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Rediff.com  » Business » 'Once we make an offer to a person, we honour it'

'Once we make an offer to a person, we honour it'

By Shivani Shinde
April 24, 2023 13:49 IST
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'Even during the pandemic we did it.'
'We think it's our responsibility to make sure that we manage the uncertainty.'

IMAGE: Rajesh Gopinathan, CEO and managing director, Tata Consultancy Services, speaks at a press conference in Mumbai, January 9, 2023. Photograph: Kunal Patil/PTI Photo

For Rajesh Gopinathan, outgoing CEO and managing director, TCS, Q4 FY23 was his last full quarter in the company.

In an interview with Shivani Shinde/Business Standard, Gopinathan talks about the macro environment, getting to a normal cycle on issues related to people, and growth.

 

Q4FY23 was a huge surprise. What are clients saying and do you see this pain continuing?

We are not negative on the macro. We shared only what happened in the quarter and what caught us by surprise, and it turned out to be much sharper.

We were expecting it to be up so that's what we called out.

From a macro point of view, we're positive on the UK, Europe is incrementally positive, and the US has turned out to be surprising and hence difficult to call out for the short term.

But we believe that the US companies, especially our clients, are in very good shape.

We are not overly negative about the US because the underlying strength is solid.

Uncertainty is building up due to the change in the monetary policy stance and its ripple effects.

But then we are not economists. We looked at it more from a fundamental basis and felt there should be caution going into the end of the year and it should bounce back at the beginning of the year. That has not happened.

Increasingly, there is a mismatch between the TCV (total contract value) one signs and its transmission into growth. Can you explain?

TCV does not convert into revenue in the quarter in which a deal is signed.

That's why I'm saying we are not negative on the overall demand scenario or on the macro scenario.

We are saying the near-term is difficult to call, especially in the US, given that what is happening is not structural.

This is more a change that's coming from an environmental perspective.

Is this only limited to BFSI (banking, financial services, and insurance) or across sectors?

It is certainly across sectors. The immediate impact was on the BFS segment.

We had stated that retail was soft last quarter.

Holiday season sales were high, but a combination of inflation and the shift towards value products impacted their top line and margins.

Retailers were hence turning cautious. Auto has been cautious, and the demand in this sector is sensitive to rate cycles. But that industry has tailwinds too.

It's more a balancing issue. What we see now is more of a sentiment unless there is a major breakdown.

How will the banking turmoil impact TCS deals that have been signed?

We have not had a major negative impact from this. The affected banks' near-term expenditure will go down while they are integrating.

The future business visibility becomes more difficult.

But mostly what you see in these scenarios is that we are net gainers with a bit of a lag.

Once the dust settles, there is more systematic decision making.

This time too I don't see any reason why that should not be the case here.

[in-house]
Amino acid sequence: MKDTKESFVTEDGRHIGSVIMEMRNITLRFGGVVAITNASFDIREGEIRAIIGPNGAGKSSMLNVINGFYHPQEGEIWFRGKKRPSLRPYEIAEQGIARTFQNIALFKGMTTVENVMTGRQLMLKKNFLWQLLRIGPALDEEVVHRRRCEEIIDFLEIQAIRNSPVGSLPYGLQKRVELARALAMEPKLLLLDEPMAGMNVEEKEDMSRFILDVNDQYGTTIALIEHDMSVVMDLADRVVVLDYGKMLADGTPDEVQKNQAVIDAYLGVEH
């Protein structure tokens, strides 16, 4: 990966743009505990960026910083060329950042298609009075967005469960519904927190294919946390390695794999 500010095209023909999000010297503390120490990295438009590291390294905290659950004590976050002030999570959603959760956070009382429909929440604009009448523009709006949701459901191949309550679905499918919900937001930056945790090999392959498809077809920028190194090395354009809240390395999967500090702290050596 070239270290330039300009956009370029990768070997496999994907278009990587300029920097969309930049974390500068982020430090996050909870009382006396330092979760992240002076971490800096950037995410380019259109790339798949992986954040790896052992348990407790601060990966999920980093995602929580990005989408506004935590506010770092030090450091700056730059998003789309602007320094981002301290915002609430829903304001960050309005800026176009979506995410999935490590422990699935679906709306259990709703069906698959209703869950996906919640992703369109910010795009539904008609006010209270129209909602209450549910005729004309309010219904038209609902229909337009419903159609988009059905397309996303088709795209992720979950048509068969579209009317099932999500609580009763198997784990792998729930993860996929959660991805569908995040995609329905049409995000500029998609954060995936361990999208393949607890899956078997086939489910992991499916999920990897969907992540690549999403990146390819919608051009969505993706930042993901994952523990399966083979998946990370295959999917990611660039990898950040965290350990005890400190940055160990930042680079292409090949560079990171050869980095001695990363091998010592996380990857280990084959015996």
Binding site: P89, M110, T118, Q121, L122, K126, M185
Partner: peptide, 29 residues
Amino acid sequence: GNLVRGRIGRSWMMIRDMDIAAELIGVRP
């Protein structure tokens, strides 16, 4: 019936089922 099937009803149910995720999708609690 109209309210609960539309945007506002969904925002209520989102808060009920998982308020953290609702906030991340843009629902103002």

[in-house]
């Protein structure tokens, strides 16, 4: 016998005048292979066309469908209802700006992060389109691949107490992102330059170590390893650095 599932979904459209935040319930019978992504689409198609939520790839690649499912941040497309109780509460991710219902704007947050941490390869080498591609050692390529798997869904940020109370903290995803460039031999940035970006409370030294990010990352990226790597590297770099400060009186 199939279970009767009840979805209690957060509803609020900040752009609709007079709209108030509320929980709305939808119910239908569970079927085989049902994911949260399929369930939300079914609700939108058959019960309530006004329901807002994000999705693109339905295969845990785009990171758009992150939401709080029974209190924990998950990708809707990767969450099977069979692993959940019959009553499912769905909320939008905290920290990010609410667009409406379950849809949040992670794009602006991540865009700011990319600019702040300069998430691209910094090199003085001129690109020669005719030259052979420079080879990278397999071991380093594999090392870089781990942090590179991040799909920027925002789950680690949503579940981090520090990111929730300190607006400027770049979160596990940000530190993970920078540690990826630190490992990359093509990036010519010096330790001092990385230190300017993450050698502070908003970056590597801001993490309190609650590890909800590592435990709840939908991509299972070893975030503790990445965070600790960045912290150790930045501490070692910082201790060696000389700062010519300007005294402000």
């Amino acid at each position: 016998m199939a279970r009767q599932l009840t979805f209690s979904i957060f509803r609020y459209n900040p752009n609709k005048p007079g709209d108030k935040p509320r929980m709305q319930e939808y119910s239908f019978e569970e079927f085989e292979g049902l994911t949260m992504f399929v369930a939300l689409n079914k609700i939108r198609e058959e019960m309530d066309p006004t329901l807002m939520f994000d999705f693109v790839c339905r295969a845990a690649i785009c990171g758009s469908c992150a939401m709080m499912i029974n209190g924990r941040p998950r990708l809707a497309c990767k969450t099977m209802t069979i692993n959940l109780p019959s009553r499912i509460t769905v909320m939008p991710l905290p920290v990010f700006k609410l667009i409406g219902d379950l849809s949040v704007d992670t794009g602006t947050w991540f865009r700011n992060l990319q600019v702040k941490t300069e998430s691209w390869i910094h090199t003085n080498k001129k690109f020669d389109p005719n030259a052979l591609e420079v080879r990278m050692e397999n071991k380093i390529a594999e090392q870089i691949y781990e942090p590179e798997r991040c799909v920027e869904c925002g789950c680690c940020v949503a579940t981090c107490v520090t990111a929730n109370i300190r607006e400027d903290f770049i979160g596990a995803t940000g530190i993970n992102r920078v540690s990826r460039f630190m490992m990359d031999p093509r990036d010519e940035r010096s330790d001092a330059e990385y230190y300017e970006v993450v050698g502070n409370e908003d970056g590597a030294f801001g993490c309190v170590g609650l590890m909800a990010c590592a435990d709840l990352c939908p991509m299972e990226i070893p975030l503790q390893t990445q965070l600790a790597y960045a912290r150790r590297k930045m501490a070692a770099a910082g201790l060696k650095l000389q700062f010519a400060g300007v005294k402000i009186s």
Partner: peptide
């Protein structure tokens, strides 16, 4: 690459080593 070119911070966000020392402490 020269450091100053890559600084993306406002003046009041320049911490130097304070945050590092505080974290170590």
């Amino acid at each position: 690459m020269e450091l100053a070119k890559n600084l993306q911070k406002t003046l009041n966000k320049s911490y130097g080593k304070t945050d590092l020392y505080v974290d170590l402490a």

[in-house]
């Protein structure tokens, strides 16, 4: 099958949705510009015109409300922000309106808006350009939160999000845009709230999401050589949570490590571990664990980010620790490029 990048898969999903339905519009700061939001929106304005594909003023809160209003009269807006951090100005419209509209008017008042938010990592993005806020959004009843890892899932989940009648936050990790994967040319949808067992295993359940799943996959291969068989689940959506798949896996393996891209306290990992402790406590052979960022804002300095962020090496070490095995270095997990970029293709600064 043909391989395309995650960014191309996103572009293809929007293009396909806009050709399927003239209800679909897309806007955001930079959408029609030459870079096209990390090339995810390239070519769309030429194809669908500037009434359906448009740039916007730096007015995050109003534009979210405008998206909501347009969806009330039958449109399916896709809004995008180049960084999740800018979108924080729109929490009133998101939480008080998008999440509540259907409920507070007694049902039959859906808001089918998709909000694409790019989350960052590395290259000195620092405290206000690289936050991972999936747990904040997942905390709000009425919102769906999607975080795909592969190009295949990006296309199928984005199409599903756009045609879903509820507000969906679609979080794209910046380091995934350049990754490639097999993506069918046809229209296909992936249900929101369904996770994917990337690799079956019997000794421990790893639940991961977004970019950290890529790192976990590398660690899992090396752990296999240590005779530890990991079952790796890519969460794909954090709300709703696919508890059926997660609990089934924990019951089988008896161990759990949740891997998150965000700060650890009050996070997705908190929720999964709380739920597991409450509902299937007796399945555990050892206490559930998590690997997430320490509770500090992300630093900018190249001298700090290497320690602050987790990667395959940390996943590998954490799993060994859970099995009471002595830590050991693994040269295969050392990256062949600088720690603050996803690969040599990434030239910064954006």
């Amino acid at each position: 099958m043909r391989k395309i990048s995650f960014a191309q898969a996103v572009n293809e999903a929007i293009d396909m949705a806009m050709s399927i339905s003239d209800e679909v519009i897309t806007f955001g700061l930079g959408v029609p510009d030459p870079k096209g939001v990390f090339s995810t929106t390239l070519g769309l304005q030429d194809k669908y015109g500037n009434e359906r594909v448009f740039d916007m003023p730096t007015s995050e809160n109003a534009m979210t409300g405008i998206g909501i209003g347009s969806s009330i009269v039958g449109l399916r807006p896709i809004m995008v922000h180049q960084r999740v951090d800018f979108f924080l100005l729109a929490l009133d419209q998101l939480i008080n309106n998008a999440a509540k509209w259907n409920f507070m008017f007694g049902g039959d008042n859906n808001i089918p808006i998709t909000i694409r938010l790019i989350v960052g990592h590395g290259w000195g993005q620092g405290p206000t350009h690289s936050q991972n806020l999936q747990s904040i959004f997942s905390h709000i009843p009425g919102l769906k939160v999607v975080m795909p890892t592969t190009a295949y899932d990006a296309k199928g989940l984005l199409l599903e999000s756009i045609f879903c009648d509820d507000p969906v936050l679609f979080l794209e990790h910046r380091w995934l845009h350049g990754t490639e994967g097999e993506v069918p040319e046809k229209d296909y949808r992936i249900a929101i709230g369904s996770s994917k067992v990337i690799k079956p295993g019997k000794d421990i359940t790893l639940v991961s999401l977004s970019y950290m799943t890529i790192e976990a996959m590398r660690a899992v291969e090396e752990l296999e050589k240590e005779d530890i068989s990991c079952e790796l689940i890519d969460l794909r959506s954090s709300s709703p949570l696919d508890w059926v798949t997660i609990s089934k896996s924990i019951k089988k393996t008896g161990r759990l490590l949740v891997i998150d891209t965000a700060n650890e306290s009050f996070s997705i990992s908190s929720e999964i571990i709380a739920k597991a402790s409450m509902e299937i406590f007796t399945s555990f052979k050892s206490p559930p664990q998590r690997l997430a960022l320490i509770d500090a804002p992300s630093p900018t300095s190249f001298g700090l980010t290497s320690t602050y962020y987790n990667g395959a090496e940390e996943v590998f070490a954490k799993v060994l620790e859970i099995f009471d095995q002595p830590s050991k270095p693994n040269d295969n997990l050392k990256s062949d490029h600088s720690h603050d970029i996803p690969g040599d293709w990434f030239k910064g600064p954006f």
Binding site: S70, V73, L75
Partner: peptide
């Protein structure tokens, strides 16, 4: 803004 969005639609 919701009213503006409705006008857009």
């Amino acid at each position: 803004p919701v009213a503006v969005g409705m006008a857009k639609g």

We have not taken any write-offs, and our receivables are safe.

As they go through the synergies and cut costs, that is net business for us. We just have to wait for that cycle to start keeping it.

Last quarter you had said when it came to cloud momentum, it was all about execution. Has that too been impacted due to macro issues?

That comment holds good and that's almost non-discretionary because they have signed these contracts with hyperscalers (large cloud service providers, such as Google and Amazon, that can provide services at enterprise scale) to execute on that business case.

They need to do some heavy lifting, and make sure that they migrate to cloud the right way.

Incremental sales at the hyperscaler have been coming down but that is because cloud projects are entering that heavy lift of execution unless they were to cancel the other subscription contract, which is unlikely.

The cloud journey already had lost the excitement and froth on it, and had died down almost two to three quarters back.

So they were not signing up to new things as they need to now execute and make it work.

That cycle of execution focus is what we spoke about and it is now playing out.

This is necessary because unless they do that, the whole premise of the shift will collapse.

How does FY24 look like?

It varies from market to market. Many fears of the energy crisis and other issues have gone.

If you look at the Q4 TCV, the number of deals in the $50-million category from Europe is higher than what it was in the last three quarters.

For the US we do not want to say anything now. The only thing I can say is that there are no structural challenges.

TCS attrition, at 20 per cent, is still high for the company's comfort level. How do you see it for FY24? Are there any delays in taking in people?

Attrition on a quarterly annualised basis is now down to 16 per cent.

On the employee side, we had seen what was happening in the industry. We over-invested in FY22.

In FY23 we leveraged that. We had a net edition of about 110,000 in FY22 and 22,000 in FY23.

Once we make an offer to a person, we will honour it.

Even during the pandemic we did it. We think it's our responsibility to make sure that we manage the uncertainty.

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Shivani Shinde
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